U.S. Speaker of the House Nancy Pelosi's trip to Northeast Portland Aug. 5 featured a VIP-studded press tour of a Stimulus Act-funded housing weatherization pilot program.
During her visit to inspect the project, Pelosi was joined by Rep. Earl Blumenauer, Mayor Sam Adams, and a host of North and Northeast Portland businesspeople — all celebrating the Portland program's launch as well as a new $20 million federal grant to take the effort statewide over the coming year.
However the real story in Clean Energy Works Portland's bigger impact is this: Dozens of under-represented businesses and individuals met for months to hammer out a community workforce agreement for the program that many feel is a game-changer for local workers of color hoping for a green jobs-style career.
If this brief beginning stage in the pilot program continues to keep with that agreement – and the obstacles are steep — Portland will be bucking the national stimulus act trend that shows businesses and communities of color effectively locked out of the benefit stream.
"I think the Clean Energy Works Portland was able to prove that you can have high value minority contractors take the lead positions and actually do the work, perform at an affordable price, get the job done on time and have a quality job," says Maurice Rahming, president of the National Association of Minority Contractors-Oregon.
"What I would like to see out of it is looking at that closely and being able to emulate it onto the CEWO, and the federal dollars basically making sure that those minority contractors continue to play a vital role in the ramp up of these federal dollars."
Clean Energy Works Portland was launched last year with a relatively bare-bones $1.1 million Department of Energy stimulus grant to help local private businesses fix up old homes to save the region's energy grid, at the same time helping those homeowners pay for the upgrades with subsidized low-interest home loans they can pay off on their gas bills.
According to Andria Jacob, Clean Energy Works Portland program manager, benchmarks have been set out at every step of the program's development to maximize the economic benefit to local communities of color – an effort she describes as "a triple bottom line impact."
"The two equity goals guiding this program are to make sure the jobs the hours worked on the program — at least 30 percent of them are worked by people of color, women and low income folks, so we're on track to basically make sure the folks doing the work are actually represent underserved communities," she says.
"The second is that 20 percent of this contract money — the money flowing out and doing construction jobs — that 20 percent is going to certified minority and women owned firms, and we're definitely meeting or exceeding those goals," she said.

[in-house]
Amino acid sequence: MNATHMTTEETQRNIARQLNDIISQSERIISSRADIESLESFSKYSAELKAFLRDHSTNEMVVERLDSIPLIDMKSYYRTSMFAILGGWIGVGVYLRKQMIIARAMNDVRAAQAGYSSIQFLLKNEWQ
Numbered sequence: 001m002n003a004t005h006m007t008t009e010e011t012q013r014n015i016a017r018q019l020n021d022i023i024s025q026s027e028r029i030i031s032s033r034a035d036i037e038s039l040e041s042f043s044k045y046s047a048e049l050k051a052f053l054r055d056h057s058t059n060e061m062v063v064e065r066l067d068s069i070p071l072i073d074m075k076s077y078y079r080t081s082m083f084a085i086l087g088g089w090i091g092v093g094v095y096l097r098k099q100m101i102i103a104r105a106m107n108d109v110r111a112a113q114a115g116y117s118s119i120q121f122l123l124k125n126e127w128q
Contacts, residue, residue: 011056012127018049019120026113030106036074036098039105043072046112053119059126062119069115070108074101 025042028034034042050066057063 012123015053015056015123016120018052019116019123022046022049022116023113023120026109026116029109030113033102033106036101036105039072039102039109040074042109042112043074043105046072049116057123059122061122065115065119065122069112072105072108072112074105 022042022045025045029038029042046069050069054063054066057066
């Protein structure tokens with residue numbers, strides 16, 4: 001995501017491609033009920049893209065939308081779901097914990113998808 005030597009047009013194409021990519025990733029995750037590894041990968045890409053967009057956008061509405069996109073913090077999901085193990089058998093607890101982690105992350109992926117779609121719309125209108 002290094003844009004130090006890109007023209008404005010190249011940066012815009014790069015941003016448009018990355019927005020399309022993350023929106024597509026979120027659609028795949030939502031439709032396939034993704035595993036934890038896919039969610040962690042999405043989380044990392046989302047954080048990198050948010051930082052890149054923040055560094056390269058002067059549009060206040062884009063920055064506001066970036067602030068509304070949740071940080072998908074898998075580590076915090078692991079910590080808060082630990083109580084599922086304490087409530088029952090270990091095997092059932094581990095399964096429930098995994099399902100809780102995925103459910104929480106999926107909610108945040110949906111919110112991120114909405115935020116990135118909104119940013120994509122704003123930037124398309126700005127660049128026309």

This success bucks the trends documented by the Kirwan Institute for the Study of Race and Ethnicity at Ohio State University.
Kirwan researchers, who calculate what they call the Race-Recovery Index, shows that the Black community is suffering the highest rates of un- and under-employment, and benefiting the least of all from Stimulus Act money spent so far.
Their studies also show that construction spending – which has so far constituted the largest proportion of funds already spent – helps the fewest people, and that investment in public education and health care spending could potentially be the most effective in reducing unemployment in Black communities.
Jacob says Clean Energy Works' community workforce agreement participants – dozens of diverse local stakeholders including labor unions, workforce training centers, community organizations and local banks – hammered out a many-tiered plan that could create a long-term system of job training, development, employment and regional growth.
She said Clean Energy Works contracts with designated training programs that have to have proven existing relationships with pre-apprenticeship training programs, including Portland Youth Builders and Constructing Hope and the Evening Trades and Apprenticeship Program.
The Community Workforce Agreement mandates that contractors have to draw any new entry level hire from these training programs, and the training programs have to graduate 50 percent of their graduates from the underserved communities and communities of color.
"So I think that's a career where they can get into be hired as an entry-level weatherization worker, and then you become part of this building science industry and then you can go into commercial work, you can become a specialty subcontractor, or maybe you can stay on the weatherization crews," she said.
"As we try to retrofit 100,000 homes in Multnomah county it is hopefully going to be a source of steady work over the next 10 to 20 years, which is hard for anyone to predict how long a career cycle would last but it's at least attempting to put that career pathway in place," Jacob said.
"Making sure the community plays a vital role, making sure that minority contractors are still engaged and have the opportunities, and women contractors, and small businesses, that's what I'd like to see happen," Rahming said. "I'm pretty optimistic that's what will happen."